by Savana Morie
Students and faculty of Pensacola State College came together last Thursday, Feb. 20, to honor this year’s Switzer Distinguished Artist Jo Stealey, who considered the honor an “absolute thrill.”
The reception, which began at 6 p.m in the Anna Lamar Switzer Center for Visual Arts on the Pensacola campus, was free to anyone wanting an inside look into Stealey’s life, inspiration and methods.
With over 25 years of experience in weaving, ceramics and paper making, Stealey finds a large portion of her inspiration through the natural Missouri landscape she’s surrounded by.
Her all-natural mediums sometimes come right from her backyard, such as leaves and plants. She uses these to create functional vessels meant to both seduce and repulse the viewer, representing home, hearth, relationships and small, everyday occurrences.
“It’s not the outstanding moments of my life that are inspiring to me,” Stealey said, “It’s the, ‘Oh, I’m washing the dishes and looking out the window, gee, this could be an interesting idea to pursue.’ And I never know when it’s going to hit me; I could look at something every day and not think about it and all of a sudden I’ll be looking at the same thing and interpret it in a very different way.”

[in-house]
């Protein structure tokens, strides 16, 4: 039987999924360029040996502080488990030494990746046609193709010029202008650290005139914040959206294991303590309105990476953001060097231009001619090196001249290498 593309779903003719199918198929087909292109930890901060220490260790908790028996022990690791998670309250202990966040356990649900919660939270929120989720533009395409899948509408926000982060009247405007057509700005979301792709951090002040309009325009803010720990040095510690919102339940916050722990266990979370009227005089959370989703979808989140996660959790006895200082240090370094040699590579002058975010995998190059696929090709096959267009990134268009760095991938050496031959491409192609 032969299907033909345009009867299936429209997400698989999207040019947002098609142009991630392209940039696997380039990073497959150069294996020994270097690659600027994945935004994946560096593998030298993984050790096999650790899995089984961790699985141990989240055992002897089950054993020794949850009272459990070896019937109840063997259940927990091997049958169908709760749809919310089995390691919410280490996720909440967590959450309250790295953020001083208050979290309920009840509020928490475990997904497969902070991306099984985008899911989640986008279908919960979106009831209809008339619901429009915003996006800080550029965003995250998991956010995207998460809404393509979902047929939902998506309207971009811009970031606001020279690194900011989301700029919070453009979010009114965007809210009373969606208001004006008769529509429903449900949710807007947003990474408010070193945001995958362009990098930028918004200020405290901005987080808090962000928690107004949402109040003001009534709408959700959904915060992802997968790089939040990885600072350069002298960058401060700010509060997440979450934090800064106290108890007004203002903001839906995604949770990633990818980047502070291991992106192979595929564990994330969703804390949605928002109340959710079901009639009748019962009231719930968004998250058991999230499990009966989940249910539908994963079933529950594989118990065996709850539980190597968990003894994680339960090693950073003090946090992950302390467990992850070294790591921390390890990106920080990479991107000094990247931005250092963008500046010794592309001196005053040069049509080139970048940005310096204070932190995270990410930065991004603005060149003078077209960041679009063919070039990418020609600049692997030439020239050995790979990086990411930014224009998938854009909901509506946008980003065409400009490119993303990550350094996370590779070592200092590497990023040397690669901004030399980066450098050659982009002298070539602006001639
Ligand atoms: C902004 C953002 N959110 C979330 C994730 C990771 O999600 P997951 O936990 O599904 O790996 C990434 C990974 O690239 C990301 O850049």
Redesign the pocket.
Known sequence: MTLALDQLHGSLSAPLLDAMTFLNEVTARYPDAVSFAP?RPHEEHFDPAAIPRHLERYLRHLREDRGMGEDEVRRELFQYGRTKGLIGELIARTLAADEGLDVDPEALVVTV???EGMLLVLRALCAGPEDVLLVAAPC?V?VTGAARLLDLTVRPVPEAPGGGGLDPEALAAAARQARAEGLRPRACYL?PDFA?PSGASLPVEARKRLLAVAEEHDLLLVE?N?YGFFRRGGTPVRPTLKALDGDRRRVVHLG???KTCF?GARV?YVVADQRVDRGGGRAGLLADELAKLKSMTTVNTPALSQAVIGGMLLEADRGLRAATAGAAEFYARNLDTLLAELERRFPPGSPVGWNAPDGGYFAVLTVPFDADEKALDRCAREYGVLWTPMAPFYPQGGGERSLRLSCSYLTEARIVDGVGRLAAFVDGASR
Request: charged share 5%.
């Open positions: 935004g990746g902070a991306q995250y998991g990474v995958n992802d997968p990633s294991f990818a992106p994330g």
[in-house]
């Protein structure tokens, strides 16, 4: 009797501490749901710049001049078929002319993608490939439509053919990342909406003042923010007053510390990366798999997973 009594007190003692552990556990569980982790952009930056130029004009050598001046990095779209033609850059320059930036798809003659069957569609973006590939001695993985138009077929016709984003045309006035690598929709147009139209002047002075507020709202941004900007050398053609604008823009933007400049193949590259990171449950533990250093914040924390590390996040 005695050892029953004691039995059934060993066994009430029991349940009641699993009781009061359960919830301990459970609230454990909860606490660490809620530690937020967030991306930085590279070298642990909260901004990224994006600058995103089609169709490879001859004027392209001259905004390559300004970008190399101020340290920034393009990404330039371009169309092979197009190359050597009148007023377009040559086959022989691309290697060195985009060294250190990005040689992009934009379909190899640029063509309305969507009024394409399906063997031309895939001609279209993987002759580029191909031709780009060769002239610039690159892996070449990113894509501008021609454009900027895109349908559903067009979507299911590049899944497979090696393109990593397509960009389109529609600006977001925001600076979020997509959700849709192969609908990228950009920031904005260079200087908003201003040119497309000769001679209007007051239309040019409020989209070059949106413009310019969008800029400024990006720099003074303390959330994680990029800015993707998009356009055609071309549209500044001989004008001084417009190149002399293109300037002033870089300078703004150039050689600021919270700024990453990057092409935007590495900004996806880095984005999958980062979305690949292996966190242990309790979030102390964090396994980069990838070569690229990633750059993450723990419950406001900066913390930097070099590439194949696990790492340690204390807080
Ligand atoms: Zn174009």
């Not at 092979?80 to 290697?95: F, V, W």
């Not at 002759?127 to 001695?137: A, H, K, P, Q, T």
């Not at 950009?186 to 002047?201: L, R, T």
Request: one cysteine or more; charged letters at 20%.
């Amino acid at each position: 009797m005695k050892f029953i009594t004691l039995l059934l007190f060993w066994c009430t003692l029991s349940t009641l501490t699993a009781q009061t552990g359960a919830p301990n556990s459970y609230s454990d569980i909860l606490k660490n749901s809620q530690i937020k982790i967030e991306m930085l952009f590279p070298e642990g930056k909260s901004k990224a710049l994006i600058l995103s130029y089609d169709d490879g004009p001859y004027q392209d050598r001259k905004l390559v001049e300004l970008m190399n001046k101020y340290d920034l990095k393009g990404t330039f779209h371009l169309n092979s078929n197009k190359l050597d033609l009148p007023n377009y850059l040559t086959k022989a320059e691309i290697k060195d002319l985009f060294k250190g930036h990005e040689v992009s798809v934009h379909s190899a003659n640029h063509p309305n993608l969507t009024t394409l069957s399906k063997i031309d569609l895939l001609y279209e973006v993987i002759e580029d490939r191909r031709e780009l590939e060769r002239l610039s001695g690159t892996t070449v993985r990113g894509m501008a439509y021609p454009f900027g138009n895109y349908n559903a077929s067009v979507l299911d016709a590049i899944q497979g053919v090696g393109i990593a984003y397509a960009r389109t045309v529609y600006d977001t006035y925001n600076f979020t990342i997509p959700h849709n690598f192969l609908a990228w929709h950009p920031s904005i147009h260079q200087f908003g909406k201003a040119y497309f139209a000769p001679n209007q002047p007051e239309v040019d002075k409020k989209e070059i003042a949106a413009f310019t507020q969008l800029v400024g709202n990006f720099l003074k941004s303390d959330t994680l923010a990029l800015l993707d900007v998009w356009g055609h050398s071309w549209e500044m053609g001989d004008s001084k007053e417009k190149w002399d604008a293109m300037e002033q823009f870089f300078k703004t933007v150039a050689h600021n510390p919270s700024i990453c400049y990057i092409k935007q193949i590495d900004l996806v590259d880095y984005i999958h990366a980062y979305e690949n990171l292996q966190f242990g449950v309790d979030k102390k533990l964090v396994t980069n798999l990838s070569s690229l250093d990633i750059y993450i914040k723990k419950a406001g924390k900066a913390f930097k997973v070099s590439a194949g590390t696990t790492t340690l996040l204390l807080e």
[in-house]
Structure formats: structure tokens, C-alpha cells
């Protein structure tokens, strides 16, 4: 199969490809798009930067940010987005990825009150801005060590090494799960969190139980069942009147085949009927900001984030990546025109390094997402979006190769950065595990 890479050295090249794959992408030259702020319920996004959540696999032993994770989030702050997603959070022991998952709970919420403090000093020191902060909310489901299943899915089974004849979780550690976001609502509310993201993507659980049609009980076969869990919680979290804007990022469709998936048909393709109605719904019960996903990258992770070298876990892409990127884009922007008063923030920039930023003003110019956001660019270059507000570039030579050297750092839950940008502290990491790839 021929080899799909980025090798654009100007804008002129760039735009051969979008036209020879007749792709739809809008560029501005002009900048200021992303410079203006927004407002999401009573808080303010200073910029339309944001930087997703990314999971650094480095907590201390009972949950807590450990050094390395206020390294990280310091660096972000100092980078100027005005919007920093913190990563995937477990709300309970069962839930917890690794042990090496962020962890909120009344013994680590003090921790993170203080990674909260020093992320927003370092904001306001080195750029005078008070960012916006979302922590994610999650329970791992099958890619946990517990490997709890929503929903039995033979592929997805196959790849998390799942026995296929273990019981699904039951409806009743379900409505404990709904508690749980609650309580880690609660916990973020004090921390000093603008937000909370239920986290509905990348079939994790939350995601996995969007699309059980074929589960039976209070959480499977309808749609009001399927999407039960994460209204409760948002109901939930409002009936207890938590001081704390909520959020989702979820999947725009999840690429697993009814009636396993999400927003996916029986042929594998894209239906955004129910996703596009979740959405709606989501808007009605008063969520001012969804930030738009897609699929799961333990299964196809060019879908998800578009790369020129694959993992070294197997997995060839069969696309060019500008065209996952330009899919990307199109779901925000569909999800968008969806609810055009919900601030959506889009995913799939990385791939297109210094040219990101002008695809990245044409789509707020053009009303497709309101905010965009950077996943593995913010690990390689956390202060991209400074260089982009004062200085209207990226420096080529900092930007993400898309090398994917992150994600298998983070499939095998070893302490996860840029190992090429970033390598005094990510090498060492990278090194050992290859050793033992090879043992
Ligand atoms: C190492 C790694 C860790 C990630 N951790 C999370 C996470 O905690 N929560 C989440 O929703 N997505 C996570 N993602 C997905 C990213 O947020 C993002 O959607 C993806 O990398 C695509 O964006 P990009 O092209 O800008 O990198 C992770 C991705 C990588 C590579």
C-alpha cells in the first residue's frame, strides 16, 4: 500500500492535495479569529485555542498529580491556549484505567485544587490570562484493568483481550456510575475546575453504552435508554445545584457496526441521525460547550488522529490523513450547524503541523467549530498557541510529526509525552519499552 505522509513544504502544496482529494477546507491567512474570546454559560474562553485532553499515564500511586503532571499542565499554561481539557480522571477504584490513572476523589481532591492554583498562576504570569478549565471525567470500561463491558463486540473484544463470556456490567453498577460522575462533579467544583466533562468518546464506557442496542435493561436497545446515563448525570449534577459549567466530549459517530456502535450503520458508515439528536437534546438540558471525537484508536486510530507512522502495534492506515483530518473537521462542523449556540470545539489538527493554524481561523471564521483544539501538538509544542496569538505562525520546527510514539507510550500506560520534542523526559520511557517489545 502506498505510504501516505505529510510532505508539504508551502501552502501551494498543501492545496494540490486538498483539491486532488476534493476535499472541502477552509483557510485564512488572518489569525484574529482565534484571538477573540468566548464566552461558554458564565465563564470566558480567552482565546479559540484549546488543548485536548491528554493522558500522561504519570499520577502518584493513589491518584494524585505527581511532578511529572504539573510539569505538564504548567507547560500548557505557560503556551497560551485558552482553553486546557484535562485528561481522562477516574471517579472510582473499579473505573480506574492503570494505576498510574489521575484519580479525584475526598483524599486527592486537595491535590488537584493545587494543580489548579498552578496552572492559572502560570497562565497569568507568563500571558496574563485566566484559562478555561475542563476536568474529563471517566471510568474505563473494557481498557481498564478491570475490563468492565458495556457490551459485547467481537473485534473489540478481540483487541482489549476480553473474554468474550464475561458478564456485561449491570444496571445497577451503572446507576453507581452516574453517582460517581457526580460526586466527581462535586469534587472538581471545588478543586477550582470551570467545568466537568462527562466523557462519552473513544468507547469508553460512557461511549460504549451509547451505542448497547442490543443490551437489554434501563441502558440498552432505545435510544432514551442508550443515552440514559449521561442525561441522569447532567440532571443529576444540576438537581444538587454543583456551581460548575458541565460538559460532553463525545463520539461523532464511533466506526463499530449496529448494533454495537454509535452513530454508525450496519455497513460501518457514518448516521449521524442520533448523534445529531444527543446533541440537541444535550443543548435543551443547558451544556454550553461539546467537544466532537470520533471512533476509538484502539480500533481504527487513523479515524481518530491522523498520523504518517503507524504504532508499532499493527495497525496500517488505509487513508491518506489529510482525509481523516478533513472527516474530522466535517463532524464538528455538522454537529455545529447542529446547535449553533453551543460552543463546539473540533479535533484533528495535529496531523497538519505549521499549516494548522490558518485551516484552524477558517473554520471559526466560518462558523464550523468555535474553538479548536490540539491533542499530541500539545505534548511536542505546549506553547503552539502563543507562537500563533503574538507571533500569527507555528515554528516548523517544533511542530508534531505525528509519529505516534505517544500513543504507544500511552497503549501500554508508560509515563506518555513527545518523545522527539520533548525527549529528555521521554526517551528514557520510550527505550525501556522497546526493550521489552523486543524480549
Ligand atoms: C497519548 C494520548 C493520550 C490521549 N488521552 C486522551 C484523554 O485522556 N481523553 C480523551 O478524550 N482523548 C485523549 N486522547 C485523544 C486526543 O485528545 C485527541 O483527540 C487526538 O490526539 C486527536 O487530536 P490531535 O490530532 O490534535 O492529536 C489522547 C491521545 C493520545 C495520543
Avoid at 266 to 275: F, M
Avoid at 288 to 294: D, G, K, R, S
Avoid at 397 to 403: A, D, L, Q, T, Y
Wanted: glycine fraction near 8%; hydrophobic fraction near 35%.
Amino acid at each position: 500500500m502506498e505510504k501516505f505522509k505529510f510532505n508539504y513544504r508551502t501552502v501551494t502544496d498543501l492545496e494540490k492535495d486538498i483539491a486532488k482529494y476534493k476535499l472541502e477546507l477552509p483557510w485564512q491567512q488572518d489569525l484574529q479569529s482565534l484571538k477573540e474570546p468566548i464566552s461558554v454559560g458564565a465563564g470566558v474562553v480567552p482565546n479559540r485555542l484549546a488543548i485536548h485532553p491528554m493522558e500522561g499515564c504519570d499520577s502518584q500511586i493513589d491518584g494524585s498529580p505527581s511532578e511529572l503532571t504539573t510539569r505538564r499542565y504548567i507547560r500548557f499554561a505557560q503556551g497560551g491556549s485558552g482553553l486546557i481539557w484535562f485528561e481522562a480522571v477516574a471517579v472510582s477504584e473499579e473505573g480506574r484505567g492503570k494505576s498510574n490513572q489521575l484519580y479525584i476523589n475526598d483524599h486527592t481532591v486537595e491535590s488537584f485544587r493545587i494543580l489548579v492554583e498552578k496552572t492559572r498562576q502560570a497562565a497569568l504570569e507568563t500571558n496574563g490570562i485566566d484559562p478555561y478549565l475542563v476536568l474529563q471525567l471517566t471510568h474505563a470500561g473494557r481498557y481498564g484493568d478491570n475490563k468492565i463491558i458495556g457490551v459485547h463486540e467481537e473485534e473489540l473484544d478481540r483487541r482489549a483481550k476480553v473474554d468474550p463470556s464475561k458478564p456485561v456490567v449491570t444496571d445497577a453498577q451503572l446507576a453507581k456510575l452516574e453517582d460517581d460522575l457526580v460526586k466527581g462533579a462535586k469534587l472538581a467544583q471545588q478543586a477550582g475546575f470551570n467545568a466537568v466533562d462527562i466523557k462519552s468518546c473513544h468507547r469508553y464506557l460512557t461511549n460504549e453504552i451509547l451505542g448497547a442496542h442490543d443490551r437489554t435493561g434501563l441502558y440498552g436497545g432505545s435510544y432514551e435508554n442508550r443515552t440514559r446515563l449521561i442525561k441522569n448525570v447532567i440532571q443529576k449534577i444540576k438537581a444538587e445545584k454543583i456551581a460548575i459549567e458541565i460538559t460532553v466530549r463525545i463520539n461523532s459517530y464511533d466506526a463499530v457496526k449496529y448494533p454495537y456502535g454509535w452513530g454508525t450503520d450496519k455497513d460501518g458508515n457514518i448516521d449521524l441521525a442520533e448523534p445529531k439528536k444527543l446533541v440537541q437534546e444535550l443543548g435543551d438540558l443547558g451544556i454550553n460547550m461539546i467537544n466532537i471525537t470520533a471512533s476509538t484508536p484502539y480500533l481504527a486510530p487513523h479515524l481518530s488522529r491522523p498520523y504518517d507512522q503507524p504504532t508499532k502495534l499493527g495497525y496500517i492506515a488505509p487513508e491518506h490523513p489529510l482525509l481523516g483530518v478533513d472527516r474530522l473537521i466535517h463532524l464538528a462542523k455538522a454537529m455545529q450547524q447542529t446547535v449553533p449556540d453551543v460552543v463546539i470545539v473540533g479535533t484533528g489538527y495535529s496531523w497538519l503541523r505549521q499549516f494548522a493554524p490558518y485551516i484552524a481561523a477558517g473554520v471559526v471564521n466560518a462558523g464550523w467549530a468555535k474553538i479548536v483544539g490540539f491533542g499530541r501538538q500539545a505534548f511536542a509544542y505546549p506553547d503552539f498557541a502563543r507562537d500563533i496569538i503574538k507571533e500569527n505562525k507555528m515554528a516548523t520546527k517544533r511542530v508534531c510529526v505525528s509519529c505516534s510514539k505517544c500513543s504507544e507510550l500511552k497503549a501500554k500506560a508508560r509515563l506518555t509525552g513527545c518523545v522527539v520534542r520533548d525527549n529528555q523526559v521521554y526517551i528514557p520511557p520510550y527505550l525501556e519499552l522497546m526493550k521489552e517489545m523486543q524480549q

Stealey’s art has brought her great success, her work being exhibited both nationally and around the world in countless galleries, museums, books and magazines.
In addition to being a renowned artist, Stealey is also an educator.
“I teach at the University of Missouri, so I am a college professor myself,” she said. “I do a lot more than train artists. The majority of students we teach go on to do other things. What we teach that is unique to the visual arts is how to find problems and inventively solve them, and we need more and more of those kinds of people.”
Stealey hosted several workshops and gallery walkthroughs on Feb. 19 ,20 and 21 as a part of her stay here in Pensacola, giving students the opportunity to learn more from her experience.
The gallery will continue to showcase Stealey’s work through March 7. Admission is free and open to the public Monday through Thursday 8 a.m. to 9 p.m.
For more information on the Switzer Center, call 850-484-1000.